THE INJURY which will keep Paul Aiton out of the Ladbrokes Challenge Cup final was terrible timing, or possibly not.
Aiton suffered a broken arm in Leeds Rhinos’ big win over Warrington Wolves last Friday, 22 days before the Wembley showdown with Hull KR.
It was rotten luck for Aiton, who has been outstanding for Leeds this year – and ever-present so far – and for Rhinos, who now have three players on the long-term casualty list.
But if it had happened this week, Rhinos would have been in even more trouble. With Aiton in such good form and injury-free before last week, Leeds’ under-19s hooker Robbie Ward has played just twice this year, both as a substitute. He has been featuring mainly in the academy and on dual-registration for Hunslet Hawks.
Ward had been due to play for Hawks against Dewsbury Rams in the Kingstone Press Championship Shield last Sunday, but was pulled out of the squad – along with Leeds under-19s half-back Jordan Lilley – following Aiton’s injury.
The sport got itself into a pickle last year because of rules on who was or was not eligible to play for a lower division club on dual-registration.
Batley Bulldogs and Doncaster were initially deducted points for fielding ineligible dual-registration players, but that decision was overturned after Batley chairman Kevin Nicholas did some detective work and discovered other similar breaches of the rules, which had gone unpunished.
It was a mess and Keighley Cougars, who would have survived if the penalties had stood, were eventually relegated, much to their anger and widespread sympathy across the game. That led to new rules this season which state players must have made three or more appearances for their dual-registration club to be eligible in the Super-8s phase of the season.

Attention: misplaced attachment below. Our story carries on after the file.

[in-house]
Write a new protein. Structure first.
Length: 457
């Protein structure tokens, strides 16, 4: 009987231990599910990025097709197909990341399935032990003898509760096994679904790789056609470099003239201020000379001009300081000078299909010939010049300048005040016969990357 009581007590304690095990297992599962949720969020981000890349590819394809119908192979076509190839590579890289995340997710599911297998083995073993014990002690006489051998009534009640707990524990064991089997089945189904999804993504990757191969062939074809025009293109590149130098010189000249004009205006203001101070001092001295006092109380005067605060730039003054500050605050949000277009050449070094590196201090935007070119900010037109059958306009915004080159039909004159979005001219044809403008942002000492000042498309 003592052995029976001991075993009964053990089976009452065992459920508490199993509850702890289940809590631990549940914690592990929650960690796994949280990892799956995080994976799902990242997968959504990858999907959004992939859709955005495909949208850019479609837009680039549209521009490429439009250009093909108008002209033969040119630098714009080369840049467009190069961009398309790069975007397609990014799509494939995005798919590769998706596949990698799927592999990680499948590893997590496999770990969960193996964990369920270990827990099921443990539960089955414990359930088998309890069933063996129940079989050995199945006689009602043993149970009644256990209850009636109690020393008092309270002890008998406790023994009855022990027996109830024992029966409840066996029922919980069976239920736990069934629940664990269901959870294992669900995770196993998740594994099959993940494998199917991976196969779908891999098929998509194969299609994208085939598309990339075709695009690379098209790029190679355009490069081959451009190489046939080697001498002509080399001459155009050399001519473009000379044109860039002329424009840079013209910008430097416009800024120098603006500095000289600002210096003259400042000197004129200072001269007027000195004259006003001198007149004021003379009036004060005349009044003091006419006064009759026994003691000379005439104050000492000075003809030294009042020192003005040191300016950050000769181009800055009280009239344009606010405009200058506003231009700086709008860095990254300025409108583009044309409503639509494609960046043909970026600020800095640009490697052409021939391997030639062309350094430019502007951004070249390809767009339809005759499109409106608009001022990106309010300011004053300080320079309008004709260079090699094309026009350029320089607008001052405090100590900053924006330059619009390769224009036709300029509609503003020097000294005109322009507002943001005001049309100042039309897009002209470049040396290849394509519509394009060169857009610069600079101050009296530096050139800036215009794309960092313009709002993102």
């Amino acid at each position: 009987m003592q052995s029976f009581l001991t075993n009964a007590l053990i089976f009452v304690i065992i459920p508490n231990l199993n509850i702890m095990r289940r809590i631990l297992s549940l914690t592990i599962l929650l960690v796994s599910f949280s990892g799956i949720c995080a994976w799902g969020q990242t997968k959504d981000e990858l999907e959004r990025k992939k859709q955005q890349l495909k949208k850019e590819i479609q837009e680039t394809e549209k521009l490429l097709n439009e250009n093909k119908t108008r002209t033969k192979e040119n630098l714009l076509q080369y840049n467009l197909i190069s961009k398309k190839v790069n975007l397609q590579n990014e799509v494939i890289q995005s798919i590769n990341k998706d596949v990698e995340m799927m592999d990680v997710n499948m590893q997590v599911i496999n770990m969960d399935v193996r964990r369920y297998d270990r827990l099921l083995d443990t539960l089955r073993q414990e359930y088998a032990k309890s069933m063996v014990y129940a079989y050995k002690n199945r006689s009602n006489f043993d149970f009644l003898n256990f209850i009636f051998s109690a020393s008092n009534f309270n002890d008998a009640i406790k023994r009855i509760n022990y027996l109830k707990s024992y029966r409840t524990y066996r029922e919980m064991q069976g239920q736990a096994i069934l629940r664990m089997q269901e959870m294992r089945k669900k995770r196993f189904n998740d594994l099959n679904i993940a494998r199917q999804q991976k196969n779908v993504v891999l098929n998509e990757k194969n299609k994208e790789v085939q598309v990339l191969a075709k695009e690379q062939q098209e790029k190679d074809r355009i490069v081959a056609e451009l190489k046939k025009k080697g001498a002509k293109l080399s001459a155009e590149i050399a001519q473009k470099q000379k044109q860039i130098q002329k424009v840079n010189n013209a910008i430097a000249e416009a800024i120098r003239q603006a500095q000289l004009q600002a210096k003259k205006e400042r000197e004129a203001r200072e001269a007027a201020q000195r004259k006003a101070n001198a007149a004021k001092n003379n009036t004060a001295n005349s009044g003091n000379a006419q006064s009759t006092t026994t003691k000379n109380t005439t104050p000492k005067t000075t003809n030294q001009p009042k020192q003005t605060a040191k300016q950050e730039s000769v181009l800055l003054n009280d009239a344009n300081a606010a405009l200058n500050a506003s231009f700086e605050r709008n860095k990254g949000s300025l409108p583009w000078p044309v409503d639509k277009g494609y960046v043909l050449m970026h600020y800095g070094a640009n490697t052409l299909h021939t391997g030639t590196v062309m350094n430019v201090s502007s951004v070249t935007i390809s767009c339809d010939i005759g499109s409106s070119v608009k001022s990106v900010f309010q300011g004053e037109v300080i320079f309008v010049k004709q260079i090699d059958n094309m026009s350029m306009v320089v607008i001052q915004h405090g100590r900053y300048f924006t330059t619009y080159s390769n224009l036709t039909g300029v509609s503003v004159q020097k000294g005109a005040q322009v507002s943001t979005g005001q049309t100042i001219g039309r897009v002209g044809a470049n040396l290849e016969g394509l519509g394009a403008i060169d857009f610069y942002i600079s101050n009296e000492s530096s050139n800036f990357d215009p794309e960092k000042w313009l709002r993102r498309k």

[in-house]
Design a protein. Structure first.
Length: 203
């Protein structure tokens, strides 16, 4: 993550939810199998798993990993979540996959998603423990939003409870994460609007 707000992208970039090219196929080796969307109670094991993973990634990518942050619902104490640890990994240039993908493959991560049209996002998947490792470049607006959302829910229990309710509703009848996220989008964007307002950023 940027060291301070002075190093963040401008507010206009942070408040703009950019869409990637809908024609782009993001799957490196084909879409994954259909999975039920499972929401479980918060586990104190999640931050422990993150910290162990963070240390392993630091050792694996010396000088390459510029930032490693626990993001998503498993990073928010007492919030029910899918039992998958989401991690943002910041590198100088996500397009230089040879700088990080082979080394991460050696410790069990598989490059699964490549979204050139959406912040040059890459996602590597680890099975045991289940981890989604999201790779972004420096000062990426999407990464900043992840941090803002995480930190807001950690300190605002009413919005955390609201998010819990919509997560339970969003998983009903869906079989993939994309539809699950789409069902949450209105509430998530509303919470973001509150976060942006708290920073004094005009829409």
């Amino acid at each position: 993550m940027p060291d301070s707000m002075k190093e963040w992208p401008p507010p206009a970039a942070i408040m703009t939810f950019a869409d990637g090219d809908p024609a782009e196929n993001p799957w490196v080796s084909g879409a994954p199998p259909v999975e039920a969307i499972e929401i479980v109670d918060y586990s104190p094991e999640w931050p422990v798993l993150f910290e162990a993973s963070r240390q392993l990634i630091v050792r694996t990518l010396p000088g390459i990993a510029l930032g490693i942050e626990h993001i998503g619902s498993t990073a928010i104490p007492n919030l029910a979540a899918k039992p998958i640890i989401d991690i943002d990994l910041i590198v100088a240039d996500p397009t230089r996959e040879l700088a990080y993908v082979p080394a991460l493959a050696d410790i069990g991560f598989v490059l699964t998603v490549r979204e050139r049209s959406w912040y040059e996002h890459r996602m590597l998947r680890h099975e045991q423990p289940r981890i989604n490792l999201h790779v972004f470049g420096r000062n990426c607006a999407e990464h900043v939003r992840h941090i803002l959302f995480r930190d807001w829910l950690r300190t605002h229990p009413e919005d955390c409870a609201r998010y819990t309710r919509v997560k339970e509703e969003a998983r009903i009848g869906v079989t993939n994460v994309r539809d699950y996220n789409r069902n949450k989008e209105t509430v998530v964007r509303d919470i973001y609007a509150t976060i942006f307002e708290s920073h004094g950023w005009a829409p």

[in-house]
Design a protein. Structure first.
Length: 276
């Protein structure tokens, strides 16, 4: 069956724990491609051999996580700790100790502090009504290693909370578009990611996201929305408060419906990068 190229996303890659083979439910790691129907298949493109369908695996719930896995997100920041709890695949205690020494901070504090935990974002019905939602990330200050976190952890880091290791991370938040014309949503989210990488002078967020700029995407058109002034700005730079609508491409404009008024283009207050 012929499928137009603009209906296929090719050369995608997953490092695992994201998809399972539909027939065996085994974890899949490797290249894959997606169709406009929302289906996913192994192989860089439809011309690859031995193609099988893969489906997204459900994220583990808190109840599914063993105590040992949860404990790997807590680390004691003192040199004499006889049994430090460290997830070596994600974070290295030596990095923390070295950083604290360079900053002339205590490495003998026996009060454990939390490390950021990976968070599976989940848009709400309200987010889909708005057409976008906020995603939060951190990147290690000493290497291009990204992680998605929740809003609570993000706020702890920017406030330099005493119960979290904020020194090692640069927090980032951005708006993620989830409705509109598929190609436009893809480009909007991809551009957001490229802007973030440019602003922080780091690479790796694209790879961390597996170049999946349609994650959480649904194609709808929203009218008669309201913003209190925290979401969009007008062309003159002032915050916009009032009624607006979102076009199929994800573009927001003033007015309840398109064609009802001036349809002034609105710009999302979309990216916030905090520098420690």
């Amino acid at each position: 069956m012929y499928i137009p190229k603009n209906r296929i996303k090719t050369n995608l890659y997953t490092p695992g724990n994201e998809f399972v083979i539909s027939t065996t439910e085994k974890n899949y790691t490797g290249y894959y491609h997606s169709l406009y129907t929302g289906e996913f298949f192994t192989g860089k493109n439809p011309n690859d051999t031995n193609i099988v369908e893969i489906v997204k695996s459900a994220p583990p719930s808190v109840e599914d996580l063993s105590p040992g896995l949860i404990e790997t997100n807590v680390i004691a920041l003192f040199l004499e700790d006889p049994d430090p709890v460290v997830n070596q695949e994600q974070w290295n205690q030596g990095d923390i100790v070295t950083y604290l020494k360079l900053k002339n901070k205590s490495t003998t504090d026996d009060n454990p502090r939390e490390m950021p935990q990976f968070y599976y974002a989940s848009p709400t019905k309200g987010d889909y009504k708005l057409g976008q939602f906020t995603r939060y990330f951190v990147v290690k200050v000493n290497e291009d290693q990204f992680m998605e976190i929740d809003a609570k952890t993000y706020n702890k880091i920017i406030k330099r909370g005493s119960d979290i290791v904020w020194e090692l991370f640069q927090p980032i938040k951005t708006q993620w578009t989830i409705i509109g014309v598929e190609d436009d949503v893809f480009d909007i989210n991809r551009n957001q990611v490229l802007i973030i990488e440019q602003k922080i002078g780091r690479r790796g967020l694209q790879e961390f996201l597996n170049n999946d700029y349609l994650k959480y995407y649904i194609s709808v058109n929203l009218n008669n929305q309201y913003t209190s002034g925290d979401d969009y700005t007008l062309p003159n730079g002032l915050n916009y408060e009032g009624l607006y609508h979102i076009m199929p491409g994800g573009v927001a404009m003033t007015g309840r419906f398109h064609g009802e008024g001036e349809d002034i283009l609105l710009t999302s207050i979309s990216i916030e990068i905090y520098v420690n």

Once they play for one club – either their parent side or dual-reg outfit – after the Super-8s begin, they become club-tied and unable to play for anyone else for the remainder of the season.
What all that means is, had Ward played for Hunslet last Sunday and Aiton been injured against Wigan Warriors tomorrow, rather than in the Warrington match, Rhinos would have been left without a back-up hooker.
Rhinos coach Brian McDermott has decided not to include Ward in his squad tomorrow, but he is available for future games as long as he doesn’t return to Hunslet.
Hawks were without any dual-reg players last weekend, which was a blow to their prospects of avoiding relegation. Rhinos have a partnership with Hunslet, but clearly their own interests come first and they would be foolish to risk leaving themselves without cover if injuries strike.
Leeds may decide not to use any of the players who qualify for Hunslet, but that means youngsters are being deprived of much-needed game time.
The RFL are right to impose clear rules, which all parties understand and are aware of.
It is understandable the governing body want to avoid a repeat of last year’s fiasco and are keen to avoid players being used as ‘ringers’ on dual-registration in crucial matches.
But equally, the way the system operates at the moment has obvious flaws and those will need ironing out.
An exemption in the case of a long-term injury, like Aiton’s, would be a sensible compromise.
Speaking of injuries, there were worrying scenes at Headingley last Friday when 10-year-old Charlie Scollen was hurt playing for Leeds Underdogs in a half-time game.
As reported in the Yorkshire Evening Post, the second half of Leeds’ match against Warrington had to be delayed as he was treated on the pitch.
Charlie was applauded by both sets of fans and players as he was carried off and got to share an ambulance to hospital with Aiton, who he said “never stopped talking” all the way there. He made a full recovery and was later invited back to Headingley to meet Rhinos’ players and be presented with a signed shirt. The incident highlighted the uplifting side of rugby league’s character – as well as what a tough sport it is at all levels.